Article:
]. As the number of available structures grew, geometric patterns were also observed—both by humans and by machine learning algorithms [17
]. As with the sequence prediction models, the complexity of the algorithms, and of the zinc binding site features, has grown with the increase in available training data.
One recurring feature, particularly in the sequence-based predictive models, is the focus on zinc binding residues rather than zinc binding sites. In most cases, the entity examined by the predictive model is the individual residue, often with a surrounding linear sequence ‘window’ of residues. The model then assigns a probability as to whether that residue is a zinc binding residue. As outlined above, this approach has had a measure of success, but it is a somewhat artificial concept. There is, after all, no such thing as a zinc-binding residue in isolation. The individual residues of a high-affinity zinc binding site of the kind considered here are only zinc-binding when the other residues are present, and conversely many non-zinc-binding residues could bind zinc if other residues were present in the correct locations. It is particular combinations of residues, not individual residues, which are zinc binding—an important fact not usually considered in research of this kind.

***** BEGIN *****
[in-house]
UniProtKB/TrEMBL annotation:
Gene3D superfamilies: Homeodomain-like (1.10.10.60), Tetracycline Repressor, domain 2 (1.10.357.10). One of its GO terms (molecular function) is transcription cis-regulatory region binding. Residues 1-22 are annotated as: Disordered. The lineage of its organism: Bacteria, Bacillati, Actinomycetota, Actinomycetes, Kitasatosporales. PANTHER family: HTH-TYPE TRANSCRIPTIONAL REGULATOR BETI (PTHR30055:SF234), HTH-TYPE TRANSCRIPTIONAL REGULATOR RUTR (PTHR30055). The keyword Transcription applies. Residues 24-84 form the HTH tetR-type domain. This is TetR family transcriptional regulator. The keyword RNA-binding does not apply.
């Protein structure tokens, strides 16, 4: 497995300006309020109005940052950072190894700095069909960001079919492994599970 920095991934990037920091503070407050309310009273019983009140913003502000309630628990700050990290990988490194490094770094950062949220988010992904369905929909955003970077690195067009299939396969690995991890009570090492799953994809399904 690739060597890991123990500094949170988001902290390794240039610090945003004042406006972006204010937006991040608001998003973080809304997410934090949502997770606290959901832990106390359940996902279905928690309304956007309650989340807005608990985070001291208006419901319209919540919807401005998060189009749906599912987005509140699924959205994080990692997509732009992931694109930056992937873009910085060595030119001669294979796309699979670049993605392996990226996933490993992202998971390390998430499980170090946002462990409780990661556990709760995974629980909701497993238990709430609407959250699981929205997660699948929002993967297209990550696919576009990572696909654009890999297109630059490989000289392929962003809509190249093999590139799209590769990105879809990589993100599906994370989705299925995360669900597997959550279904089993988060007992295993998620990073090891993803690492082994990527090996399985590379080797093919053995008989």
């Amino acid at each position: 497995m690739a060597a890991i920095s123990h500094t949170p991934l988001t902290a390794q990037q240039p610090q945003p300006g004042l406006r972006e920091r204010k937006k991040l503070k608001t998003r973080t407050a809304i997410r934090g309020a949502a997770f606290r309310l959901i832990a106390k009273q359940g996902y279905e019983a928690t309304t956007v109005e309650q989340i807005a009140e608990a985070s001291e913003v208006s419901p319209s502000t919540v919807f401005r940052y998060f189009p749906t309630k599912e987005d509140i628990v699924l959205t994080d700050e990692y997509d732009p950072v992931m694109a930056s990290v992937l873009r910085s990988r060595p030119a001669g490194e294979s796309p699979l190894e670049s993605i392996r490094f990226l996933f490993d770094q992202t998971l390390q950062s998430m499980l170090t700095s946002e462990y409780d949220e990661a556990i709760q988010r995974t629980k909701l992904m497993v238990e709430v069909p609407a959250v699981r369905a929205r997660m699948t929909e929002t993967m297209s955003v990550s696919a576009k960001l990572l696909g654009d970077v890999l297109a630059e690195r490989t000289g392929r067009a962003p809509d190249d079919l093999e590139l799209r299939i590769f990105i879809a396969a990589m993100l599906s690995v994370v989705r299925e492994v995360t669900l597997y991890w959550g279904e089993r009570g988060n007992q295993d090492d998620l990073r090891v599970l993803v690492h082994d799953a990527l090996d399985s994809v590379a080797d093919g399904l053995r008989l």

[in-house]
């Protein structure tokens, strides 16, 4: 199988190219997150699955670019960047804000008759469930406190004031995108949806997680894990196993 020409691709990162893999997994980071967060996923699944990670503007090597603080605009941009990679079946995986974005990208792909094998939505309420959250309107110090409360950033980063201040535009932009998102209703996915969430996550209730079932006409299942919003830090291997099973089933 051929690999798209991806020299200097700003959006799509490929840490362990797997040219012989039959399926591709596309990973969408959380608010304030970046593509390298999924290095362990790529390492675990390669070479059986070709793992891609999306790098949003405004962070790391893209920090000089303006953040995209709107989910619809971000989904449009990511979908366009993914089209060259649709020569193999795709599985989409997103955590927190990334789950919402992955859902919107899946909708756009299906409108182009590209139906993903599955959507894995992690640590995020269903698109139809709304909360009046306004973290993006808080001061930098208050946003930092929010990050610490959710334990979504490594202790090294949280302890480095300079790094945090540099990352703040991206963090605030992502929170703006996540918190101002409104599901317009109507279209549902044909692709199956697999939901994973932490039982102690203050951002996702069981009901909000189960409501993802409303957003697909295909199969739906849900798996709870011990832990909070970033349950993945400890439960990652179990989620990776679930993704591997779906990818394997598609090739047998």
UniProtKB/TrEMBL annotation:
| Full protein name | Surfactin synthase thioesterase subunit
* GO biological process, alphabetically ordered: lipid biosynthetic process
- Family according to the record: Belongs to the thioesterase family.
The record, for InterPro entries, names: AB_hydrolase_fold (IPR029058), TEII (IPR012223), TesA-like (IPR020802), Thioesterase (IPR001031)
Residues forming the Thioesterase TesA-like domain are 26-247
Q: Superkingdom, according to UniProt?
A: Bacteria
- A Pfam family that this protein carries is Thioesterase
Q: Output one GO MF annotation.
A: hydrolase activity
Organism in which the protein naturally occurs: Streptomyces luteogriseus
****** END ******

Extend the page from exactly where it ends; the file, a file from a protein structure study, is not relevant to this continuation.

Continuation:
Another commonality is the treatment of zinc binding sites as a single category, and the presumption of properties that are common to them all regardless of the residues of which they are comprised. This may well be sufficient—particularly as there are essentially only four residues that make up the vast majority of zinc binding sites—but it is possible that properties used for prediction have much tighter distributions within particular sub-categories of zinc binding sites.